Blog reader Shawn sent this link to me yesterday. It’s a pretty short take on a complex topic, but even so I was troubled by the perception that all nuisance weed species are our own fault.
Sure, it’s true that humans have moved plants or plant parts around with them for centuries. Sometimes it’s been deliberate, and sometimes it’s been accidental. But other animals also move plants around, especially seeds. When we draw this kind of distinction between what we do and what other animals do, philosophically we are removing ourselves from the natural world. True, we have technology and all kinds of other human inventions, but as a species we are still part of the biosphere.
Ivy’s little dispersal units – spread by birds
Philosophical issues aside, there’s another part of this blithe acceptance of weedy species that concerns me. Though plants take advantage of animals as a means of dispersal, the rate at which nonnative, weedy species are spreading and colonizing new environments is unprecedented (this is where technology comes in). Ecosystems can adapt to new species and other environmental challenges – but when the rate is accelerated, the adaptive process is impaired. Thus, some native species go extinct when the rate of change is too great.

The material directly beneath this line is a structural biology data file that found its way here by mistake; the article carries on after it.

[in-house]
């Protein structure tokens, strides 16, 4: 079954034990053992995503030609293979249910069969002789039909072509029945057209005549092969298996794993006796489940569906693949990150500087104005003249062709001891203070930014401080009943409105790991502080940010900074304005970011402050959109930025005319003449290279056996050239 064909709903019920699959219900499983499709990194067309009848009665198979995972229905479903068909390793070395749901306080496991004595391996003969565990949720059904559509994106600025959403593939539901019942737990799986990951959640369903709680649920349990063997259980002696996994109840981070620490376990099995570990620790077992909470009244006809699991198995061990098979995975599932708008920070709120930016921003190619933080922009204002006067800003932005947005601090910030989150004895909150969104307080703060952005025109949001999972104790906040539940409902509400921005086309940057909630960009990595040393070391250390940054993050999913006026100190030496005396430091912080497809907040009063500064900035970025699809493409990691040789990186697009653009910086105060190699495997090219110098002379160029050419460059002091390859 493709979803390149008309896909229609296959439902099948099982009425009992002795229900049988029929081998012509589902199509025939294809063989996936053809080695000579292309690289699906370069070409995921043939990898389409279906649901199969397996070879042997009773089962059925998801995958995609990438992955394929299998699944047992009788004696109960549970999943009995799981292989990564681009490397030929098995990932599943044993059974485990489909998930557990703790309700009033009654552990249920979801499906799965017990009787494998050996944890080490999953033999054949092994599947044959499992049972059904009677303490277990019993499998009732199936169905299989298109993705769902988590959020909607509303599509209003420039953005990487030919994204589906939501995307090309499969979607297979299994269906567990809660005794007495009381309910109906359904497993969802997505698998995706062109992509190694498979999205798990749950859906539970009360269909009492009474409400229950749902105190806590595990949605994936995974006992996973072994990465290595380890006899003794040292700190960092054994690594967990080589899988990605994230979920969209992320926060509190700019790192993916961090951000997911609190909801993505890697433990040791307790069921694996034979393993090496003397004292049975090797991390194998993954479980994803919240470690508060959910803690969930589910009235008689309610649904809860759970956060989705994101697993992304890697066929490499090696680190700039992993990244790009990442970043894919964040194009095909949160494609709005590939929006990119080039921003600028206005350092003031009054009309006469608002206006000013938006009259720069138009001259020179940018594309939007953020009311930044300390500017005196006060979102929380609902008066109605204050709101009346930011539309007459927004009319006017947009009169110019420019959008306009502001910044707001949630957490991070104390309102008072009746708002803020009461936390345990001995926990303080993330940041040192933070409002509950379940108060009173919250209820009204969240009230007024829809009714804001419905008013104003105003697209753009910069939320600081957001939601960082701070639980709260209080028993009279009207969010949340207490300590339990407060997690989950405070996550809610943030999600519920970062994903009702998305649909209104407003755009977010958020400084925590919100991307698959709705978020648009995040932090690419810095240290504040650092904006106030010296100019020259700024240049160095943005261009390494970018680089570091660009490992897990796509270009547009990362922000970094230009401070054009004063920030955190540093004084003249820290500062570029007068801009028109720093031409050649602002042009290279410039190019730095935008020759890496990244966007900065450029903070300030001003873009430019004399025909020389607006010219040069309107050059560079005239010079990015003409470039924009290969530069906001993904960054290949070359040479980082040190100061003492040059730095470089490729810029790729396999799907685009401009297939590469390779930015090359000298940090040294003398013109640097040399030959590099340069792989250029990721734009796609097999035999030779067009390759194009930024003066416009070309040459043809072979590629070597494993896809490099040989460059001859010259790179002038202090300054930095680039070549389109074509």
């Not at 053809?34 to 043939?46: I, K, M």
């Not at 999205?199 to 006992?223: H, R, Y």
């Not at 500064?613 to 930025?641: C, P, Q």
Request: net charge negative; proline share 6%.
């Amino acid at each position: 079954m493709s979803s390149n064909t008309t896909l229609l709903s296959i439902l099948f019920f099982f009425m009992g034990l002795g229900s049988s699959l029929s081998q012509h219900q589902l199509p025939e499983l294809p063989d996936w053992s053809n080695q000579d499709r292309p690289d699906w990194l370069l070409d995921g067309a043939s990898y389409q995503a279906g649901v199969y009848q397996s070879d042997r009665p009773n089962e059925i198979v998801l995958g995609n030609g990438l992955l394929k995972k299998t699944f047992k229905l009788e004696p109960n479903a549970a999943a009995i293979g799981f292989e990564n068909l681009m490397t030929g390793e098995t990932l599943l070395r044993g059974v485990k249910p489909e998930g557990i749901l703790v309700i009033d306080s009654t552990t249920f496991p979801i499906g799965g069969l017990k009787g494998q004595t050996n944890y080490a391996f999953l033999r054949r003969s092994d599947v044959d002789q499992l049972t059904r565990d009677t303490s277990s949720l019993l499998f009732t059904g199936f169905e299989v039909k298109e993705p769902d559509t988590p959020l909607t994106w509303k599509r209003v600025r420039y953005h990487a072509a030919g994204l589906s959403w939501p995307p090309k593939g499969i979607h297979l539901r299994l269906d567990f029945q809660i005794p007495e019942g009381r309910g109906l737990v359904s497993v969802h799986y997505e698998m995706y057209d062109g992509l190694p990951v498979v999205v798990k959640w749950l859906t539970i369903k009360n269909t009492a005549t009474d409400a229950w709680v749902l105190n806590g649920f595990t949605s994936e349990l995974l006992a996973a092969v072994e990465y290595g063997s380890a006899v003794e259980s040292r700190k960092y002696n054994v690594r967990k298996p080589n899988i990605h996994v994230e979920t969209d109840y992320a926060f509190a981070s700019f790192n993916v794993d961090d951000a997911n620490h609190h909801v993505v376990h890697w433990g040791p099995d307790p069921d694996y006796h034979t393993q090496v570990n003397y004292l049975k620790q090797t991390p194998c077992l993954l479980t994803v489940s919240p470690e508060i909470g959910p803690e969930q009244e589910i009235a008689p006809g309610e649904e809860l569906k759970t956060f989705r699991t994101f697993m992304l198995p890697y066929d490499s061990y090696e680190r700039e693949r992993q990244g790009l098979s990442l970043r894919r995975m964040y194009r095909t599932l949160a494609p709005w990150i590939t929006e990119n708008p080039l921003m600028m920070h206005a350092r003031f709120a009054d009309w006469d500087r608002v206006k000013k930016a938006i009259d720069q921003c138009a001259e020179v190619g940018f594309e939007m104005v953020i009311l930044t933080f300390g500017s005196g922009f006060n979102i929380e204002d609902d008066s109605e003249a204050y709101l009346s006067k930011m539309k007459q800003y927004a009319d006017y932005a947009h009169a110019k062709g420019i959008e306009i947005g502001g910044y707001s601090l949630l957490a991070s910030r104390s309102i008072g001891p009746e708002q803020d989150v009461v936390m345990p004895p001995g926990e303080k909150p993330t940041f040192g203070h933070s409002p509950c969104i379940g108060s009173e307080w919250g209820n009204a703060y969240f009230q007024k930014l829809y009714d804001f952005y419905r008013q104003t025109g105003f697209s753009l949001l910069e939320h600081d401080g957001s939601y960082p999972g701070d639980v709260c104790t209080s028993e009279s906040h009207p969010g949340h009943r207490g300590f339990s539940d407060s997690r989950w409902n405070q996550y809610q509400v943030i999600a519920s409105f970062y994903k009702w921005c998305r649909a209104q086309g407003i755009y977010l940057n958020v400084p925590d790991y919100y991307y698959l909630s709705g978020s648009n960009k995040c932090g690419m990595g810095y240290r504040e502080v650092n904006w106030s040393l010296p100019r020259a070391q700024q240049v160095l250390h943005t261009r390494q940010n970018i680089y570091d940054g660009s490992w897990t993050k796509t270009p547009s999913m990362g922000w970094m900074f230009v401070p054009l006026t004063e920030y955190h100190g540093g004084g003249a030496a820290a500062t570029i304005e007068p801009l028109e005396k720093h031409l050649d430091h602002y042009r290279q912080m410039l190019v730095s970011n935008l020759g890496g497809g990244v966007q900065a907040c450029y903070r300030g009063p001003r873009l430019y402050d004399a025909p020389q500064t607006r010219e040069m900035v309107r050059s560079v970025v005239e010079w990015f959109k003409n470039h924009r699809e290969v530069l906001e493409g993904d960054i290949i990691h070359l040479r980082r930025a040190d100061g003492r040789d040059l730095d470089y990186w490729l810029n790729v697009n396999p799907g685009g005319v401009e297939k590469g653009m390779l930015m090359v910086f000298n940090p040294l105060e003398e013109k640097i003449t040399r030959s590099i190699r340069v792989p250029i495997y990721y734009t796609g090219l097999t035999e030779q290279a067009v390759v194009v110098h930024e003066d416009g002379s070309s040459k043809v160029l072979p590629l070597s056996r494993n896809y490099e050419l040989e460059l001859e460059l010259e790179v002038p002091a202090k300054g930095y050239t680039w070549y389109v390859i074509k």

Ivy left to its own devices in a natural area
These are basic ecological concepts – and we ignore them at our own peril.